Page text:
Universal Audio’s Apollo Twin Duo quick review

I’m an equipment junkie, I’ll admit it.  The amount of guitars and recording equipment I’ve played with is well above the average hobbyist.  There are a LOT of promises out there, and rarely does the hype live up to the reality.  The Apollo Twin does live up to the hype, and more…  Now for the full story.

I’ve gone through several prosumer audio interfaces in the last couple of years.  Everything from an M-Audio Delta 66 all the way up to the Avid M-Box 3 Pro.  For the most part, none of them have been truly exceptional.  There’s always been issues of some sort with every one of them.  Getting an interface that works 100% of the time has been an absolute challenge.  My last interface, the M-Box 3 Pro was so bad, I was calling tech support to get a resolution.  After over a year and a half, 3 firmware updates, and updated drivers, the interface STILL wouldn’t work correctly, and the issue seemed to be pretty prevalent on the user forums.  Things got better over time, but it never did work correctly.

At the beginning of the year Universal Audio brought out the Apollo Twin.  To me, and my studio usage, this seemed like an ideal interface for my setup, but there was one problem.  The interface is a thunderbolt interface, but it only had one thunderbolt port.  I use an Apple Macbook Pro with thunderbolt, and I drive my external monitor off of the thunderbolt connection.  That was a real problem until the CalDigit Thunderbolt expansion showed up.  That has an HDMI port that allowed me to drive my monitor, and a second thunderbolt port that would allow me to connect the interface to the computer.

Last weekend, a fortuitous turn of events allowed me to get an Apollo Twin Duo without breaking my budget.  I was expecting good, but I’ve been jaded enough by lots of interfaces to be expecting some trouble.  Fortunately, my fears were completely unfounded.  The setup of the interface was very straightforward.  There is a link to a video and driver downloads in the box.  Following the instructions was simple and straight forward.  Once I finished, everything just WORKED.  Amazing!!!! So, I pulled up a some audio, and hit play…  I had to scrape my jaw off the floor.  I thought that the M-Box 3 Pro was supposed to be the top of the line audio.  The Apollo blew it away.  The detail on what was coming out of my speakers was freakin’ AMAZING.  For some reason, the stereo separation is much more apparent on the Apollo.  When I brought up one of the projects I was mixing (my own band’s live show), I was flabbergasted.  I had been struggling to get some balances correct.  With the new interface, I was able to hear it, and correct it almost instantly.  Because the interface is PCIe over Thunderbolt, the buffers and latency are incredible.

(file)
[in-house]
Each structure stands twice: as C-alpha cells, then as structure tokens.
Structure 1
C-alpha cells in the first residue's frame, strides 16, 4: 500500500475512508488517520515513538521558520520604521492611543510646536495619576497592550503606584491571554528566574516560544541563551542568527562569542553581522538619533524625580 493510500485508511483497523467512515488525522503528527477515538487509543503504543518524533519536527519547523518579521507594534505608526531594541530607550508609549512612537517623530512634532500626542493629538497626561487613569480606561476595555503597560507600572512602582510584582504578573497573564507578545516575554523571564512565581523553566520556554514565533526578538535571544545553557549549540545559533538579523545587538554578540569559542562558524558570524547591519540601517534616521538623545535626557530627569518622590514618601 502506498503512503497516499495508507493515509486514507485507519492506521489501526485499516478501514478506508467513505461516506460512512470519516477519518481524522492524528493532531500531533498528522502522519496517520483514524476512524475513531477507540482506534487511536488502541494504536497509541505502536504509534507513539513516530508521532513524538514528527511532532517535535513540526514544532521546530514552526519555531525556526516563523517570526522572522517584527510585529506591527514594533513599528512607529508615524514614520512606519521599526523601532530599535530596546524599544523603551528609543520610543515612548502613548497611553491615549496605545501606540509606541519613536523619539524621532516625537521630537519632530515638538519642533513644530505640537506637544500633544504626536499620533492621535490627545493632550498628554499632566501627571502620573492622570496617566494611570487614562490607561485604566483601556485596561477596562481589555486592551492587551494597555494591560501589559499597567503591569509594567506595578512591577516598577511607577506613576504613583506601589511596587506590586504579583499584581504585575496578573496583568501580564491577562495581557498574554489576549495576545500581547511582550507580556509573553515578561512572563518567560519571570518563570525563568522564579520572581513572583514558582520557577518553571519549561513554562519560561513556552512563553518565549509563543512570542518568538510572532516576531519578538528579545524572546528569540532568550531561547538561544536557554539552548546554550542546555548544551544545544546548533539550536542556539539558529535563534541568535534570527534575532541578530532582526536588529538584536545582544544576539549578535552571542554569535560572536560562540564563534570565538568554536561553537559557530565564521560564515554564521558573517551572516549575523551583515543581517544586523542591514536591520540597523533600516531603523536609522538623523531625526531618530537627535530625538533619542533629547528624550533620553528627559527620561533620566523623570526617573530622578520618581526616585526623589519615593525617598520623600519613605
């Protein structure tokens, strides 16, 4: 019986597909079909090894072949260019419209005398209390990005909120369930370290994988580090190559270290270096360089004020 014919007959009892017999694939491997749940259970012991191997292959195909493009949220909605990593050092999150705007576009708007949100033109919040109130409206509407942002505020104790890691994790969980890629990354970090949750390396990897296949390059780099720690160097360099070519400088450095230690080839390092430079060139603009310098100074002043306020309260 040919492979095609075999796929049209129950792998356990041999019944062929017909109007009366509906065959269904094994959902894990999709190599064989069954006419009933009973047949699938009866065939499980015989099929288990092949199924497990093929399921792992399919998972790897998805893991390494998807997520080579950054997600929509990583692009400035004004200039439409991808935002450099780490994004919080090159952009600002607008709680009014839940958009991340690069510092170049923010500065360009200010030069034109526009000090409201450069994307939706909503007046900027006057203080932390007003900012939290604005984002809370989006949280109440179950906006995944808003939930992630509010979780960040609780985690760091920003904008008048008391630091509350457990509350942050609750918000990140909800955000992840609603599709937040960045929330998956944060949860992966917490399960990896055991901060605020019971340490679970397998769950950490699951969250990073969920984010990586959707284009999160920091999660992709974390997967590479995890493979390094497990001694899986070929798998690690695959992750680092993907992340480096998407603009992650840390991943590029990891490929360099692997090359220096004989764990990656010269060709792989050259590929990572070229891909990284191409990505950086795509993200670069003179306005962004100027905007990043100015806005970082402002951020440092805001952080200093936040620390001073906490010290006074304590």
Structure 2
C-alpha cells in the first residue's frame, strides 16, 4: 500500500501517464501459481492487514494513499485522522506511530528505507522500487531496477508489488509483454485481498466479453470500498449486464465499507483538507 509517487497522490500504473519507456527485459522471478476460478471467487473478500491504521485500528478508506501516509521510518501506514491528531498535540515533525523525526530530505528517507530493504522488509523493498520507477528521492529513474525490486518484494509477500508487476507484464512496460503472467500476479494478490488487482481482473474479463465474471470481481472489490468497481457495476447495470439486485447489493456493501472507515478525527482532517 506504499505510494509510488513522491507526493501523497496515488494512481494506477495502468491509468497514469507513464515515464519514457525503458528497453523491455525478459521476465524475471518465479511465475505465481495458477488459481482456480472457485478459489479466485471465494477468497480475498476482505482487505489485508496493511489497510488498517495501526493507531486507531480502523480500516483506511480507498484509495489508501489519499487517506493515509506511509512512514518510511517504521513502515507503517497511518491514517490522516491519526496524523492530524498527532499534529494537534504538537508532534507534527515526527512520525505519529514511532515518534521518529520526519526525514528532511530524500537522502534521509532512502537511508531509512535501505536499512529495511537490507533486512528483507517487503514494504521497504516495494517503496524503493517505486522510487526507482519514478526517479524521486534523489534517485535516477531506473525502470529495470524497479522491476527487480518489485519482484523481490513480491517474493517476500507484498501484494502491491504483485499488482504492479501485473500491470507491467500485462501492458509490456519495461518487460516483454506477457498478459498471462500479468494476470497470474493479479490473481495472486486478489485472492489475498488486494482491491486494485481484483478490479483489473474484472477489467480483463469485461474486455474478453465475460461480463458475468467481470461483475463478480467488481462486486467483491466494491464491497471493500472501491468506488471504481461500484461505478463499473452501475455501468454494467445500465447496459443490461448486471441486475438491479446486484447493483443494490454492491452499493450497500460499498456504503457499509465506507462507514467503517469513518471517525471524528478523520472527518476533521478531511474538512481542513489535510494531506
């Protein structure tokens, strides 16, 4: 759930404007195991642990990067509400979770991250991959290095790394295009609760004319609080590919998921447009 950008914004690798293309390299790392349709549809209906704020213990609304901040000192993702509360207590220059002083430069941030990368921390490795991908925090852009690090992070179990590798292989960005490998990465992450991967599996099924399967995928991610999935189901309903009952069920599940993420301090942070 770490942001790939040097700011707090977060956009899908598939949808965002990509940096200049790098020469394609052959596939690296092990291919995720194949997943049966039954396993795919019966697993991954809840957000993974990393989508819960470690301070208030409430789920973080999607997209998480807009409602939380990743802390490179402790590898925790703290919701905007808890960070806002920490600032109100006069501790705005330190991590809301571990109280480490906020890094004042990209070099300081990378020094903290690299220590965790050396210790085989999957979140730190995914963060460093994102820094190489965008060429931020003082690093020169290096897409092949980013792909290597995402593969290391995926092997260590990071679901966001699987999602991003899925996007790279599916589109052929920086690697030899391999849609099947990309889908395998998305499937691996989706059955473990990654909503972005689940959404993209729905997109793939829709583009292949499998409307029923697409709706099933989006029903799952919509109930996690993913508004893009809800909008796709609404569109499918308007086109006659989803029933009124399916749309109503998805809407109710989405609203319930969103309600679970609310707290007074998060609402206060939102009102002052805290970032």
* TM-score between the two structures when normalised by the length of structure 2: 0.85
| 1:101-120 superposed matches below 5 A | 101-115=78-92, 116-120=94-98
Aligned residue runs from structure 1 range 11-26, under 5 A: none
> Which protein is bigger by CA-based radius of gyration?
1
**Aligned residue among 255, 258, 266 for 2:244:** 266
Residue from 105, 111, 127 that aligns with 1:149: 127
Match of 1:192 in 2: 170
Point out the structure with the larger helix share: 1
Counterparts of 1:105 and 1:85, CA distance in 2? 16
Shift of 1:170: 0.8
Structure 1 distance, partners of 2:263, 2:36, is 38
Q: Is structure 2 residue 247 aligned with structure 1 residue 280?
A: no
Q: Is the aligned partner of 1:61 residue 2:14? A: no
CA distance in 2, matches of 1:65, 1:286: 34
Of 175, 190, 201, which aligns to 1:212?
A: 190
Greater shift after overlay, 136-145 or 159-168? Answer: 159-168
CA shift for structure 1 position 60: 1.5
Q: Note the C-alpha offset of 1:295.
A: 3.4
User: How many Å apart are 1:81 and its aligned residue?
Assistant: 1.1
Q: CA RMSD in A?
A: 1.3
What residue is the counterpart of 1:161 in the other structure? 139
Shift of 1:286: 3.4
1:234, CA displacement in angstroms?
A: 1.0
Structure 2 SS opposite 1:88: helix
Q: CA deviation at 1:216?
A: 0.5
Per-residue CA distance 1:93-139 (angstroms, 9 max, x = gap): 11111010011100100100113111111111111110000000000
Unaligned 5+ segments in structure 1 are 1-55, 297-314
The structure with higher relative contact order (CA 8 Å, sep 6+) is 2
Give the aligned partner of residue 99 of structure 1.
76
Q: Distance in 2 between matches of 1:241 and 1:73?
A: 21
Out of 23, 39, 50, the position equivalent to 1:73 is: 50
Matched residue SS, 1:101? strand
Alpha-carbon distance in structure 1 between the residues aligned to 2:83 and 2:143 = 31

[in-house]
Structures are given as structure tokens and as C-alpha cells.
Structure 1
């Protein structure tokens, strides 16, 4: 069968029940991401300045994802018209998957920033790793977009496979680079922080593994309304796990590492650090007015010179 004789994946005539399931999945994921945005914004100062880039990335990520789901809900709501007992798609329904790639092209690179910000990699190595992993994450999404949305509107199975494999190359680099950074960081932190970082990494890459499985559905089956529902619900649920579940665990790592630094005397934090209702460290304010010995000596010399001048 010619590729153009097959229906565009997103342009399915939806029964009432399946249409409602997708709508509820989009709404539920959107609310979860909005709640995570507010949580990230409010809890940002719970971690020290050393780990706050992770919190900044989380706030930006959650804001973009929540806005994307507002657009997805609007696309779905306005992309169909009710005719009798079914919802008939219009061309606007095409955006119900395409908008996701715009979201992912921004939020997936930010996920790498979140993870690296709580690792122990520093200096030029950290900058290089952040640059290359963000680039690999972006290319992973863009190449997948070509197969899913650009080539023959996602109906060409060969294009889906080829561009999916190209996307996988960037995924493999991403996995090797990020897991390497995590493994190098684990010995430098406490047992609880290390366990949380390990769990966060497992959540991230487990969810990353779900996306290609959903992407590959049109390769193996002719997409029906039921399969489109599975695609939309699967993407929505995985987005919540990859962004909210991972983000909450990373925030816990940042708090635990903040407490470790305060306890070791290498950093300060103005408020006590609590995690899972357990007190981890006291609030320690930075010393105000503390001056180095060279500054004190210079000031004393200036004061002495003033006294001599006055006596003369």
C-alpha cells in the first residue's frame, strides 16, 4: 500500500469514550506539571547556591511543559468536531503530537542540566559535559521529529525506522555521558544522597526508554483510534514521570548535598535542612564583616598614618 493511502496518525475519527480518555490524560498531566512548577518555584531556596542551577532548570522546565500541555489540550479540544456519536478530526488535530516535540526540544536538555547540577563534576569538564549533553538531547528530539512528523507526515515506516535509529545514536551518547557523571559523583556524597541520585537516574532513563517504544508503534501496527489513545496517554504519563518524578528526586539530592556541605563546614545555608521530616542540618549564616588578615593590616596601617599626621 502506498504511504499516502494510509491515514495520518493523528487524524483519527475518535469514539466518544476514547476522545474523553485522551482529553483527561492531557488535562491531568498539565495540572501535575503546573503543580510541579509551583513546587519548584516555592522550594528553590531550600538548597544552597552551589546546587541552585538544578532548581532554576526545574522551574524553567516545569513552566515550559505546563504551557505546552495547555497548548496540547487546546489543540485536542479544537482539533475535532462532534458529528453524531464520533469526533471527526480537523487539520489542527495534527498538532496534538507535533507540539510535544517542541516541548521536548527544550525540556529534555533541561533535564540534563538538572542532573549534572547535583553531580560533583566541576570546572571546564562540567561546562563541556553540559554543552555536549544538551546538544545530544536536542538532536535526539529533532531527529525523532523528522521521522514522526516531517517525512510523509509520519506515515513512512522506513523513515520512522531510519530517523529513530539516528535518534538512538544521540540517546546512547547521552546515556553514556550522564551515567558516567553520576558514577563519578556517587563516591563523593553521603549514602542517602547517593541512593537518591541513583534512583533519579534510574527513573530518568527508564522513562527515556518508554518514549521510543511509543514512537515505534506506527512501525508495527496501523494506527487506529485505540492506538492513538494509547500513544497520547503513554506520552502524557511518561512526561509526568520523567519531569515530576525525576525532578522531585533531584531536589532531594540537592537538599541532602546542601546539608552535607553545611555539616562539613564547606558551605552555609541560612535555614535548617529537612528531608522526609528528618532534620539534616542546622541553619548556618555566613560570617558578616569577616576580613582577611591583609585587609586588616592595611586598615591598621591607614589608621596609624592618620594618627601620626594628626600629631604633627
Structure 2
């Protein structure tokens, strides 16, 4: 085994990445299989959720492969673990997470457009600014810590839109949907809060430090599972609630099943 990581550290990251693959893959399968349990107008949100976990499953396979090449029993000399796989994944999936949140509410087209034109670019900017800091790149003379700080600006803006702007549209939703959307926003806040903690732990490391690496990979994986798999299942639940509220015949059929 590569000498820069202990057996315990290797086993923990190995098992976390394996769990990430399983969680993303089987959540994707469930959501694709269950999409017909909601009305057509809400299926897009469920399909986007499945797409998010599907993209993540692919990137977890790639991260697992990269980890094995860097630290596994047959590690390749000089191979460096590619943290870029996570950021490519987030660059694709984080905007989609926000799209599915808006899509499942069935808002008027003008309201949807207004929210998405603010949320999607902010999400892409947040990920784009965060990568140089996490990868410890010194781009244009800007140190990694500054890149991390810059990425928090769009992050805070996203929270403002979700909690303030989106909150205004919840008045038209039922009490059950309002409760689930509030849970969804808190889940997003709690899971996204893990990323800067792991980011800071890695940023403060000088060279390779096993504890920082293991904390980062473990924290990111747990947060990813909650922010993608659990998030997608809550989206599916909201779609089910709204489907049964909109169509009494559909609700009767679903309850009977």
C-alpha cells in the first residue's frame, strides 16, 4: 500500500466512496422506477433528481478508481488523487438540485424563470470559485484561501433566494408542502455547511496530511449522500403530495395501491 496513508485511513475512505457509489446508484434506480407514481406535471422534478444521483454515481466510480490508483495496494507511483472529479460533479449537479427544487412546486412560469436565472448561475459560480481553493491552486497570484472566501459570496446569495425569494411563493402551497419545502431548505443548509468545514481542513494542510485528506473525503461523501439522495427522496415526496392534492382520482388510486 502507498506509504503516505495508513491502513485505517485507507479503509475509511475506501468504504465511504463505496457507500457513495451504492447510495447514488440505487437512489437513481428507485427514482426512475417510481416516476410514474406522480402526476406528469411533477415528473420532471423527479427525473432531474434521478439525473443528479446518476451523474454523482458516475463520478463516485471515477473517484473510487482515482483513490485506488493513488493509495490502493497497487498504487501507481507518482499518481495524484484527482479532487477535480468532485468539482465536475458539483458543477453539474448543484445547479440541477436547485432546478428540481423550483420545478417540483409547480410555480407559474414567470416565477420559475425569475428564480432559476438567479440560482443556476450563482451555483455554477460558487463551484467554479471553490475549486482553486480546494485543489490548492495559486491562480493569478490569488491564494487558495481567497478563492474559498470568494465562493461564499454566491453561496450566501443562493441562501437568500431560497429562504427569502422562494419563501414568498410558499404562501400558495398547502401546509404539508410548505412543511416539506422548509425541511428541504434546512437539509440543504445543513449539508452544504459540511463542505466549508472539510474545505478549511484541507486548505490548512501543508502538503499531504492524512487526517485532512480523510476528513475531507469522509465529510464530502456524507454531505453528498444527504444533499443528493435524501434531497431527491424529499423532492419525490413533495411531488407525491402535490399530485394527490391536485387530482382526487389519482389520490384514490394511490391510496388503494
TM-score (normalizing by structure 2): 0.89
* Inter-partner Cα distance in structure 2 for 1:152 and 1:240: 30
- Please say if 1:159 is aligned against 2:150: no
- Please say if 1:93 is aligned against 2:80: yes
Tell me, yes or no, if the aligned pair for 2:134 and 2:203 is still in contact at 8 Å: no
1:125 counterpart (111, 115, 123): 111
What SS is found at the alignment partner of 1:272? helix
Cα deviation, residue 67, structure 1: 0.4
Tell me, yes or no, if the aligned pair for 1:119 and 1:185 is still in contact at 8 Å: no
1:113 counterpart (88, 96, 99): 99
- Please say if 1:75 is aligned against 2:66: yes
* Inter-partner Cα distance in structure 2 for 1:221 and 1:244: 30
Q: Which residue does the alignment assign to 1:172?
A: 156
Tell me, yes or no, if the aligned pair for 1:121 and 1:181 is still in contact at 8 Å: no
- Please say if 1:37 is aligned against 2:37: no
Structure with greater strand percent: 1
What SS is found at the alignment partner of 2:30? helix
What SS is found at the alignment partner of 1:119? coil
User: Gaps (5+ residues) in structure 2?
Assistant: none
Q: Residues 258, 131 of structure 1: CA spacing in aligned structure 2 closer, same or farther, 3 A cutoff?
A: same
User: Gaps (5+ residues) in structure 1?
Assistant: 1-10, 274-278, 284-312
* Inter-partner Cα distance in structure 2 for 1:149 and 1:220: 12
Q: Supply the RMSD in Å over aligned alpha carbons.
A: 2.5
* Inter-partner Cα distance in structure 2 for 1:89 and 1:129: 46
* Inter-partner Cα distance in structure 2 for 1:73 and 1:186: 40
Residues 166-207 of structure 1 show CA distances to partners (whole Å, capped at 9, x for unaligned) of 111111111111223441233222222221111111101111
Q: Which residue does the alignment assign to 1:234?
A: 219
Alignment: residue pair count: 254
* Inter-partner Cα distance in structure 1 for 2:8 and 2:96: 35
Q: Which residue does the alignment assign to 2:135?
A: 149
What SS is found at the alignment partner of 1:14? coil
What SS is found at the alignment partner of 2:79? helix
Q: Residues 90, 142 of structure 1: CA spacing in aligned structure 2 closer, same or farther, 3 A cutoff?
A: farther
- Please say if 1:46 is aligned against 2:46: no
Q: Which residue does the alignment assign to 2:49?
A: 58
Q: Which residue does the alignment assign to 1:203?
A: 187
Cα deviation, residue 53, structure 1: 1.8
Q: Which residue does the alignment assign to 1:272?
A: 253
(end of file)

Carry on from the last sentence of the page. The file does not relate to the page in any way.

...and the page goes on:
I did run into one issue when I first set the interface up… apparently, I had bought one that had been tested and returned to the place I bought it from.  This meant that the first night I had it, a Sunday, I couldn’t register to get all of the plug-ins that are part of the package.  I sent a support ticket in, and called to Tech support the next day.  They were able to clear up the registration very quickly, with a minimum of fuss.  They did a great job.

Once I was able to get the plug-ins installed and working, I did a bit of testing… nothing scientific, just replacing some of my other plug-ins that are models of similar equipment to the Apollo’s plug-ins.  Again, blown away is the least I can say about them.  Just switching to the LA-2A compressors in the latest package was like taking a video from 2D to 3D.  The detail is just amazing.  And, the preamp modeling is just crazy.  Running the included 610-B on a guitar input before sending to Amplitube warmed up the signal significantly.  I imagine that running it on vocals is even better.

Ok, enough gushing… what are the drawbacks?  #1 is that for a basic interface, it is expensive.  It’s worth it, but that’s hard to explain.  #2 is the endless parade of plug-ins are not cheap in two different ways.  One is money, and two is the processor requirements.  I can’t imagine buying the Twin Solo with just one processor.  I’ve already pushed the Duo to 50% processing power with just a small number of plugin instances.  Fortunately, it is fairly easy to expand the processing power by buying the expansion units.  I’m hoping that Universal Audio will start making the expansions with Thunderbolt instead of Firewire (and have pass thru functionality!).  I can see an OCTO processor in my future if I keep using the plug-ins!